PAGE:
5 Skincare Myths You Should Know About


If you’re a newcomer in the world of skincare, it’s perfectly normal to feel overwhelmed, confused, and at a loss. But we always like to say; skincare is a very personal and unique journey for everyone. With that being said, there’s also the possibility of misunderstandings that you probably heard. But don’t worry – we gathered five skincare myths for oily and dry skin types that can help you make sense of the confusion.


1. Oily skin can’t use oils Claim: Using a facial oil on an already greasy face is the last thing you’d want to incorporate. A facial oil on top of a mountain of oils can clog pores and cause more breakouts.

Our take: A facial oil is a great product that can help nourish the skin and keep it healthy. Even acne-prone types can find them beneficial for their breakouts when using the right facial oils! The reason behind this is due to the fatty acids present in oils. To put it simply, nut, vegetable, and other plant-based oils have fatty acids known as linoleic (omega-6) and oleic acids (omega-9). Oils with higher amounts of oleic acid are great for dry skin types. This especially so since they tend to be thicker and rich in texture. On the other side, oils with higher amounts of linoleic acid helpful for controlling acne. Acneic skin has lower levels of linoleic acid and higher levels of oleic acid in their sebum, which in turn can contribute to clogged pores and unpleasant breakouts. So, how can facial oils help acneic skin? It’s to restore your linoleic acid levels. Since certain facial oils have a makeup similar to sebum, using them tricks your brain into thinking that you have enough sebum to keep your skin protected and well-nourished. What are some examples? Marula oil, rosehip oil. squalane, sea buckthorn, evening primrose, tamanu oil, and even jojoba oil. Product Recommendations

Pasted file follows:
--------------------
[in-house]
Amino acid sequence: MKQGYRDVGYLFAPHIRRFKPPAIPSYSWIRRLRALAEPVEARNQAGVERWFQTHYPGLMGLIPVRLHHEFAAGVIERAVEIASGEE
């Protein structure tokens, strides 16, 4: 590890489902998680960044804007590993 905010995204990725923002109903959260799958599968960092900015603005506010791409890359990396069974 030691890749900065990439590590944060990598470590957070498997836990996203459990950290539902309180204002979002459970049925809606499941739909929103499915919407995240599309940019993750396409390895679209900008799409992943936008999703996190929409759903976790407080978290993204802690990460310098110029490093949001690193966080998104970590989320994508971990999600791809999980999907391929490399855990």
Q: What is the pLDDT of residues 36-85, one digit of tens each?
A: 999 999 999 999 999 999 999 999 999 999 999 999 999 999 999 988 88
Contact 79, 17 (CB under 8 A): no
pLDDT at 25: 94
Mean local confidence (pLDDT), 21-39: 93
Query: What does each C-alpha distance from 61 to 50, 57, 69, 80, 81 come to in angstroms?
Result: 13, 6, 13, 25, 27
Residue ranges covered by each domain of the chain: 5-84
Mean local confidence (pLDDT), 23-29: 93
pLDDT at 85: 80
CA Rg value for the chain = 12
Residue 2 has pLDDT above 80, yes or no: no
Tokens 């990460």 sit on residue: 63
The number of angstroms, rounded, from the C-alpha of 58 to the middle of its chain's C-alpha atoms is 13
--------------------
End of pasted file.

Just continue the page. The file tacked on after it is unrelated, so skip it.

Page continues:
The Ordinary Virgin Marula Oil ($9.90)

Go-To Face Hero Facial Oil ($34)

Trilogy Certified Organic Rosehip Oil ($24.65)

Good Molecules Ultra-Hydrating Facial Oil ($10)